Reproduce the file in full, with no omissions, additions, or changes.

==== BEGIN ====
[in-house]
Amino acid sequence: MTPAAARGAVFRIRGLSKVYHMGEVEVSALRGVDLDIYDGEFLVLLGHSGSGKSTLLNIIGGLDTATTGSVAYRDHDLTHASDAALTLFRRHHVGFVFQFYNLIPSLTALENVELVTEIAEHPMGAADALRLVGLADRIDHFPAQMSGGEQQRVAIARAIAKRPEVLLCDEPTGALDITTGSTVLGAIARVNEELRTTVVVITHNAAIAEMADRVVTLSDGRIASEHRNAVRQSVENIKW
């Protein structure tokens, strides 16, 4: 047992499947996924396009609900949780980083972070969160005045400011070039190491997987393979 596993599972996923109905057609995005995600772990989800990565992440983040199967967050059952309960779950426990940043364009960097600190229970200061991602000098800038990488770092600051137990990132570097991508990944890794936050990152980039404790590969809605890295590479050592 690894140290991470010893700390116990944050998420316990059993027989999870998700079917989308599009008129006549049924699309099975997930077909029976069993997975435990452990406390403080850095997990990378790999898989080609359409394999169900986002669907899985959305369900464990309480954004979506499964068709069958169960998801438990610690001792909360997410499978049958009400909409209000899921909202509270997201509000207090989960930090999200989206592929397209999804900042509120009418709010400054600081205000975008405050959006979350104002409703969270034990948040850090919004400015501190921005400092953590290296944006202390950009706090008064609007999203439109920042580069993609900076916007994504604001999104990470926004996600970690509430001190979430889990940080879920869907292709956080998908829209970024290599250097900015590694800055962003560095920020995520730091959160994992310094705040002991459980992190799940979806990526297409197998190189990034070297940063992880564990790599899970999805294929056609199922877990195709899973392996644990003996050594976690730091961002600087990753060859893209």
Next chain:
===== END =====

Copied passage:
[in-house]
Amino acid sequence: MTPAAARGAVFRIRGLSKVYHMGEVEVSALRGVDLDIYDGEFLVLLGHSGSGKSTLLNIIGGLDTATTGSVAYRDHDLTHASDAALTLFRRHHVGFVFQFYNLIPSLTALENVELVTEIAEHPMGAADALRLVGLADRIDHFPAQMSGGEQQRVAIARAIAKRPEVLLCDEPTGALDITTGSTVLGAIARVNEELRTTVVVITHNAAIAEMADRVVTLSDGRIASEHRNAVRQSVENIKW
């Protein structure tokens, strides 16, 4: 047992499947996924396009609900949780980083972070969160005045400011070039190491997987393979 596993599972996923109905057609995005995600772990989800990565992440983040199967967050059952309960779950426990940043364009960097600190229970200061991602000098800038990488770092600051137990990132570097991508990944890794936050990152980039404790590969809605890295590479050592 690894140290991470010893700390116990944050998420316990059993027989999870998700079917989308599009008129006549049924699309099975997930077909029976069993997975435990452990406390403080850095997990990378790999898989080609359409394999169900986002669907899985959305369900464990309480954004979506499964068709069958169960998801438990610690001792909360997410499978049958009400909409209000899921909202509270997201509000207090989960930090999200989206592929397209999804900042509120009418709010400054600081205000975008405050959006979350104002409703969270034990948040850090919004400015501190921005400092953590290296944006202390950009706090008064609007999203439109920042580069993609900076916007994504604001999104990470926004996600970690509430001190979430889990940080879920869907292709956080998908829209970024290599250097900015590694800055962003560095920020995520730091959160994992310094705040002991459980992190799940979806990526297409197998190189990034070297940063992880564990790599899970999805294929056609199922877990195709899973392996644990003996050594976690730091961002600087990753060859893209």
Next chain: